America's political-military elite consistently get the big ones wrong.
Because the South can no longer be taken for granted by Democrats, Democrats have moved to the right to maintain presidential viability.
Presidents use professors for their own purposes, not the other way around.
Allowing moral questions to become again a matter for reasoned public debate and common action.
Caution always has more to say than heedless "progress."
For all his celebration of human sympathy, Melville was not optimistic about the war's outcome.
Mencken could never quite bring himself to regard anything "fundamental" or "permanent" without chuckling.
A review of a The Ideas that Conquered the World: Peace, Democracy, and Free Markets in the Twenty-first Century, by Michael Mandelbaum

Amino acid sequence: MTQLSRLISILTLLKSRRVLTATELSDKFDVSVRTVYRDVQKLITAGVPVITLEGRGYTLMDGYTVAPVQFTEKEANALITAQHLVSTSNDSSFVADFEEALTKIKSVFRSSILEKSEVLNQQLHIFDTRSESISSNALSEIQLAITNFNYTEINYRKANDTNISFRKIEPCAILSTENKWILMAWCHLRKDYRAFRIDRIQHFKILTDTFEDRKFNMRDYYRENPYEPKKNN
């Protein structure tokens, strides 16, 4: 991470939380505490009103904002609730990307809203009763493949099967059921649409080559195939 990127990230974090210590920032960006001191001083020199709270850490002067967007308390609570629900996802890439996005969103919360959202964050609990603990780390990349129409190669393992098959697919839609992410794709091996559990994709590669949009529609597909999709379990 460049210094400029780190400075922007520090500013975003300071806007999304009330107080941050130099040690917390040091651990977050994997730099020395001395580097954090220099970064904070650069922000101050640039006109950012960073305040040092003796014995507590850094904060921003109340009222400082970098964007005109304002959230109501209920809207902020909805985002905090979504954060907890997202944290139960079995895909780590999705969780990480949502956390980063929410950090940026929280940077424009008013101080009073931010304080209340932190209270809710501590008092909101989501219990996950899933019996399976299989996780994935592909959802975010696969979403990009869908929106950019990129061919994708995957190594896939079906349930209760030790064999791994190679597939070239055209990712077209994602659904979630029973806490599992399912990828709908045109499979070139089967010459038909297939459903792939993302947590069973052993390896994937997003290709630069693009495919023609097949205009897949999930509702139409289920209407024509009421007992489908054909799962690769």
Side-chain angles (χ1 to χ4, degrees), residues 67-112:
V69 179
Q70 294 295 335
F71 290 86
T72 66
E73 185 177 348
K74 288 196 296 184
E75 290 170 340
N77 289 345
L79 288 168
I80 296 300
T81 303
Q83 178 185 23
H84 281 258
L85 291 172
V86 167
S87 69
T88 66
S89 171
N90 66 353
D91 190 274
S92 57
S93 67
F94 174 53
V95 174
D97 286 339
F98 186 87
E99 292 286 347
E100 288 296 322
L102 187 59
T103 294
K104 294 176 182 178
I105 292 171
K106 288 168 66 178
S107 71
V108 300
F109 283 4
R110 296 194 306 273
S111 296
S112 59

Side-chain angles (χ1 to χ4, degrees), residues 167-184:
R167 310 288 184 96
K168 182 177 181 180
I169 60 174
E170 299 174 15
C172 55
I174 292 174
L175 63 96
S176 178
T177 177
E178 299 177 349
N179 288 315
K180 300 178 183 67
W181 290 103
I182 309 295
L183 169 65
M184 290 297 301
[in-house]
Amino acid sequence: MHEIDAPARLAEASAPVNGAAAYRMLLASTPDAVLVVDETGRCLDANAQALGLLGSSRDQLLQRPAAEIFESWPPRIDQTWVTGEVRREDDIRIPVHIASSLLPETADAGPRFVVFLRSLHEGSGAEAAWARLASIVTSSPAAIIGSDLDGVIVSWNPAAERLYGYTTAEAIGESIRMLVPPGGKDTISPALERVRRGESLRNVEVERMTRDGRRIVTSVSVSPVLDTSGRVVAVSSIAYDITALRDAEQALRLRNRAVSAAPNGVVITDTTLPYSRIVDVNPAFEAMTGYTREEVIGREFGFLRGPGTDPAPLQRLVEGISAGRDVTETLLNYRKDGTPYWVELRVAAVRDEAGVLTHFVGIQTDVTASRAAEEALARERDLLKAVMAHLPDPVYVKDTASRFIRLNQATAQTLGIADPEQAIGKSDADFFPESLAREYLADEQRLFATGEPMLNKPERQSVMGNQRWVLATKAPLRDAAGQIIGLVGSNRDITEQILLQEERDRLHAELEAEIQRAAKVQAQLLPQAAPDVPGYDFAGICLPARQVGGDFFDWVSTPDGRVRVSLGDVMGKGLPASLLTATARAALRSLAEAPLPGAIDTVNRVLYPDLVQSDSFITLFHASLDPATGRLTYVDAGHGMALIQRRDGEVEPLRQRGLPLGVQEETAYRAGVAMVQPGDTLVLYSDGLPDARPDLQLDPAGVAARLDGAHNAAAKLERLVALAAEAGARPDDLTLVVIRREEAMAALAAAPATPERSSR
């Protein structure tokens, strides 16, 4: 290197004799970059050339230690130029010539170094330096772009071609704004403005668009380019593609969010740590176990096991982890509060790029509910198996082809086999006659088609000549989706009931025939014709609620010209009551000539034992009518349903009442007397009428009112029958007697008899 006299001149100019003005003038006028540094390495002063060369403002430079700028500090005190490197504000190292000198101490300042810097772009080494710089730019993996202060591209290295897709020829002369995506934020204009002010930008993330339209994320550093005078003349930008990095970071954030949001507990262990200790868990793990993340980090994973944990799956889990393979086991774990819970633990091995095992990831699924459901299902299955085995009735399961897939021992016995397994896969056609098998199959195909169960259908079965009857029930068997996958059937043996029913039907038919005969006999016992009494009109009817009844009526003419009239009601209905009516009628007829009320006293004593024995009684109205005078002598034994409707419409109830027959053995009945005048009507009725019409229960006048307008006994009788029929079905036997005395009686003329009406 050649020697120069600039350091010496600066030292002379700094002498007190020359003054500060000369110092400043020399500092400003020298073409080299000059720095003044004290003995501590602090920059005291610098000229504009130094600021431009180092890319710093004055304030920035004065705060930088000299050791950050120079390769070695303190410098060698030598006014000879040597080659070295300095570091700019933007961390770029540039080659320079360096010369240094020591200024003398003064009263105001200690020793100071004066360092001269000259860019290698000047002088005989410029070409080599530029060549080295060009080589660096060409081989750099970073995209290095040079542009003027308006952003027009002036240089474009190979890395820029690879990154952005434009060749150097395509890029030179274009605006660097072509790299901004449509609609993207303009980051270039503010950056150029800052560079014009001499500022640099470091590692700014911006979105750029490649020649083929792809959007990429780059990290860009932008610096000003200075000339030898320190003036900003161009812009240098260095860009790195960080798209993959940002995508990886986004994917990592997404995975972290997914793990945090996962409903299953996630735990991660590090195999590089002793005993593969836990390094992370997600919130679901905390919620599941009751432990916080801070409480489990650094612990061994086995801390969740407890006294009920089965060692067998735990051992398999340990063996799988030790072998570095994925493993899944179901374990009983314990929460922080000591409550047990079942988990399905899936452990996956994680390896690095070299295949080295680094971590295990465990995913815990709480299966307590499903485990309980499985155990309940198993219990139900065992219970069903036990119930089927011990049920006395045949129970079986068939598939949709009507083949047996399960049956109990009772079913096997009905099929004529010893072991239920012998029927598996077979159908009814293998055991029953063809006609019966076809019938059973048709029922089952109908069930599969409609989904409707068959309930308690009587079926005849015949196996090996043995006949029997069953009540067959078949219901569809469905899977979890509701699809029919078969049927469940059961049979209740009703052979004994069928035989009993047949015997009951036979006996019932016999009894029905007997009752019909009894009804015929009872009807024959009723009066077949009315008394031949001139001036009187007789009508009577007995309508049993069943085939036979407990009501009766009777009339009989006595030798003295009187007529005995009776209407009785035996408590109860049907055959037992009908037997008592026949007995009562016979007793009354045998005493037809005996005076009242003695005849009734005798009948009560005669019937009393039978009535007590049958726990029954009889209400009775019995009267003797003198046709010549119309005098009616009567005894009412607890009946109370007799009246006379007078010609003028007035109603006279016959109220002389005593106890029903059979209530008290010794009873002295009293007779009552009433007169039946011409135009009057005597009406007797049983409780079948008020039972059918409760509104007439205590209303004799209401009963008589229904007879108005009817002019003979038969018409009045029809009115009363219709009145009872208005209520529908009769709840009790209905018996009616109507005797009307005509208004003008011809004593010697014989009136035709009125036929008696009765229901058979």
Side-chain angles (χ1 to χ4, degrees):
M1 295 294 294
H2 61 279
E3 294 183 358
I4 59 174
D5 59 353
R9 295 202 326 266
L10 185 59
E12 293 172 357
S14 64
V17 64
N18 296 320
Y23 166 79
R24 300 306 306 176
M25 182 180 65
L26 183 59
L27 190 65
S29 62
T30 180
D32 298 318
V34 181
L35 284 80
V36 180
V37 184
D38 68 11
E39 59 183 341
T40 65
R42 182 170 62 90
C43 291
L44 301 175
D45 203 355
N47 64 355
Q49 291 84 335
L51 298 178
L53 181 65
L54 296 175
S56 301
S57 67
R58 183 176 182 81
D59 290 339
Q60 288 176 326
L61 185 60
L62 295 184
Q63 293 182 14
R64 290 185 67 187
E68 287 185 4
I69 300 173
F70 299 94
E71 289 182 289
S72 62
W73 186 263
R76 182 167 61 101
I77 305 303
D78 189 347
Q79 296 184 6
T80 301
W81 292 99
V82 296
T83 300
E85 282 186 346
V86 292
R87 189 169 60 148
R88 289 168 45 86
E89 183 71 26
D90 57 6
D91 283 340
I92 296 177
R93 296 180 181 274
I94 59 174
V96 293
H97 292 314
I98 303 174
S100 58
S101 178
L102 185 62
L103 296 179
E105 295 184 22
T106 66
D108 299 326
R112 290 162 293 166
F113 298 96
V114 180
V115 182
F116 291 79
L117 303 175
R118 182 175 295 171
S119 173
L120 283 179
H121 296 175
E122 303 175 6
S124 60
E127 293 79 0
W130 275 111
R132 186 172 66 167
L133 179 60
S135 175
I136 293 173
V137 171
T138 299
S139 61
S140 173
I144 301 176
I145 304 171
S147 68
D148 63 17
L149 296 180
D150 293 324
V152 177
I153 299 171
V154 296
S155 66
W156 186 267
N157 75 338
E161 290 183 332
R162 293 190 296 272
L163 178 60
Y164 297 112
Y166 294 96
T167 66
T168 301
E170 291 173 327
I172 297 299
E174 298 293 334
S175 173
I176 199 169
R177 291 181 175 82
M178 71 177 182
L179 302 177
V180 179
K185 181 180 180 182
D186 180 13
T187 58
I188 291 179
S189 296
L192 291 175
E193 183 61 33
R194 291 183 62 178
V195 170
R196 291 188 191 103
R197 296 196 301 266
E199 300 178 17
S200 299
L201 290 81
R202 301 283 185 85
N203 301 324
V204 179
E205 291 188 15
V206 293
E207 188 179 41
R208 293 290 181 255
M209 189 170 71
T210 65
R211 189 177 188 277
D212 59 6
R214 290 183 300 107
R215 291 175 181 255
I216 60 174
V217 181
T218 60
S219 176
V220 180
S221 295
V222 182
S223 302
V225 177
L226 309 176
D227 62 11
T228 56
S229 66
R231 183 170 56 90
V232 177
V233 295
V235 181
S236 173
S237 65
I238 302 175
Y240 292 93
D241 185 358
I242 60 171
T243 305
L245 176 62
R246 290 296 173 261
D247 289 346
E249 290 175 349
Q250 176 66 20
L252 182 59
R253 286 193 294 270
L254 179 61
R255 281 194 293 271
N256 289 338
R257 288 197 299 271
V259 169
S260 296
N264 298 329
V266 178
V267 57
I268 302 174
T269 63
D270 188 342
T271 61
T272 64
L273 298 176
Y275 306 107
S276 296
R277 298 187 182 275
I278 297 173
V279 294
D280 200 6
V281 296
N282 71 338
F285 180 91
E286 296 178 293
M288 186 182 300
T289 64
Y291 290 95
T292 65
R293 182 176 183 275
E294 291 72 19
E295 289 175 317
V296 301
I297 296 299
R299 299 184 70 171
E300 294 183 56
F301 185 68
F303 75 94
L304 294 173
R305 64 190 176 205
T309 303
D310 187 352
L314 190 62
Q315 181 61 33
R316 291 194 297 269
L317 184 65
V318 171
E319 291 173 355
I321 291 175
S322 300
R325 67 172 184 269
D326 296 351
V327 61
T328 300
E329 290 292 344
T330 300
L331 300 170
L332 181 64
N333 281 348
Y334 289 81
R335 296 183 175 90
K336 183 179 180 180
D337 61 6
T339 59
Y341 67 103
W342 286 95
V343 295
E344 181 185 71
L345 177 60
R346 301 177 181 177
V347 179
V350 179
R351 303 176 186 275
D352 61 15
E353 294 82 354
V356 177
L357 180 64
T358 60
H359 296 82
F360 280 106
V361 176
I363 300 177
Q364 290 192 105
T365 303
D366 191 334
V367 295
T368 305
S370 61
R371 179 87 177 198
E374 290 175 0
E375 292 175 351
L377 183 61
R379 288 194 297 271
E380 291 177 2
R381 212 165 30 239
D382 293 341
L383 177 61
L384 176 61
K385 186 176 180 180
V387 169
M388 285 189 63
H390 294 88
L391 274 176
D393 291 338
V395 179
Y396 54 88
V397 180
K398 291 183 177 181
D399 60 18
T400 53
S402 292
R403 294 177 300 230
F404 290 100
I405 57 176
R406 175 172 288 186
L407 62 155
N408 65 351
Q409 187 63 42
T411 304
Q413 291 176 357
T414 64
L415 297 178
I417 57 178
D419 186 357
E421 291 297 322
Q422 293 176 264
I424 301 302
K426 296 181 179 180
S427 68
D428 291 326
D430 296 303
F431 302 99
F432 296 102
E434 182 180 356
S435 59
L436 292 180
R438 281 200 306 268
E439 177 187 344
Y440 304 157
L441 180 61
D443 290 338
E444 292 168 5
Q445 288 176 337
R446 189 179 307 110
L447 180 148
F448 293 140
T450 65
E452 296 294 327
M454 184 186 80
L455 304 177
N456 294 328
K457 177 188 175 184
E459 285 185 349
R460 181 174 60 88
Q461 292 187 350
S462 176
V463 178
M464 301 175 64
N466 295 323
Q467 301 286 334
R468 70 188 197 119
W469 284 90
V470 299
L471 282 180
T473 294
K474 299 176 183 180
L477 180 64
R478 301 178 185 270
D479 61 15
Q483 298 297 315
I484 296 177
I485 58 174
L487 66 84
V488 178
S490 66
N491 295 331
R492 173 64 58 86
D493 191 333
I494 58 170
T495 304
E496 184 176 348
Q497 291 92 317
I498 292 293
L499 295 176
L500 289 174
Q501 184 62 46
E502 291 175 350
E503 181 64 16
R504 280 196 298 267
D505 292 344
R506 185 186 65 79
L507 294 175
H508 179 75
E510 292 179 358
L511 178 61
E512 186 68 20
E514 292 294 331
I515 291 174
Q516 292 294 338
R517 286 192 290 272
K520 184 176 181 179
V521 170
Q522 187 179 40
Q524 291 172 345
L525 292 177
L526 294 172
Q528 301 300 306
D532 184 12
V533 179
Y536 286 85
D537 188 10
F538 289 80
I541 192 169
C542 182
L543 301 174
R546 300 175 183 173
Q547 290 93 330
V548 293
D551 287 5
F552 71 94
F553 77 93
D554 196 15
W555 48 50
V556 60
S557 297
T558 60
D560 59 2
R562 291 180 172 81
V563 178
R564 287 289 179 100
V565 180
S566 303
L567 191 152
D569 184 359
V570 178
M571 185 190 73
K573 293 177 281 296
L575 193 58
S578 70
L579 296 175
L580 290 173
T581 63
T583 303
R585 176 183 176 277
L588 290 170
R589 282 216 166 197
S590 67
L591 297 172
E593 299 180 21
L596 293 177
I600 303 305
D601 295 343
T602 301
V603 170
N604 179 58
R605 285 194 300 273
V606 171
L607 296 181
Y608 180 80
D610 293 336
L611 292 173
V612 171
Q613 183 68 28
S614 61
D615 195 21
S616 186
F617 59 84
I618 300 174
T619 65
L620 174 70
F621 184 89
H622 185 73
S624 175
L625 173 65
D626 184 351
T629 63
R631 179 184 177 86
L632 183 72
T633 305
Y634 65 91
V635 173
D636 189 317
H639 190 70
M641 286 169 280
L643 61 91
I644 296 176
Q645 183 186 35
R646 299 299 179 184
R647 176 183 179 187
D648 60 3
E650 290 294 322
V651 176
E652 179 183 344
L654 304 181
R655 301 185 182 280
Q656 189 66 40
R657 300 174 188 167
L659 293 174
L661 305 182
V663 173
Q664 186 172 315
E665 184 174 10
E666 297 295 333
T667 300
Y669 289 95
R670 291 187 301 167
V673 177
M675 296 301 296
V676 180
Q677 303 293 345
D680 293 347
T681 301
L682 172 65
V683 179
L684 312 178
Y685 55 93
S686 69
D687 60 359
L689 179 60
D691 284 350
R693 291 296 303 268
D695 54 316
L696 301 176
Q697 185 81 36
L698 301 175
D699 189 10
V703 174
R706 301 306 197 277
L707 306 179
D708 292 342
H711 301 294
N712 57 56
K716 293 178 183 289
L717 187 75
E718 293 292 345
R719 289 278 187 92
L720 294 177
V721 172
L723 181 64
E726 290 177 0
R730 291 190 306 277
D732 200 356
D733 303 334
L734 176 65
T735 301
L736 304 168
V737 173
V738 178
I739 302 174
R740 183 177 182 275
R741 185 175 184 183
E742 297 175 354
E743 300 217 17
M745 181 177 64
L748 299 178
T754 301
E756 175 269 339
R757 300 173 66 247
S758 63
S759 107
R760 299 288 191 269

The book offers gripping descriptions of today's killing fields, but ultimately cannot formulate a reason why outsiders must intervene in them.
A review of Starr: A Reassessment, by Benjamin Wittes
Smith delivers a critical blow to our most precious freedom.
Today's predominant version of separation of church and state is not only hostile to the founders' understanding, but hostile to religion.
Investigating the radical, unprecedented divorce of church from state that the Court has decreed since 1947.
The lesson drawn by Judge Noon is that the Court should more or less abdicate its responsibility for enforcing the Constitution's limits.
Foner's themes are the politics of historical understanding and the relationship between the historian and his own world.
A review of A Short History of the World, by Geoffrey Blainey
A review of Richard Rorty, by Alan Malachowski
A review of The Marriage Problem: How Our Culture Has Weakened Families, by James Q. Wilson
There are reasons to avoid conspicuous consumption that have nothing to do with the poor people starving in the Sahel.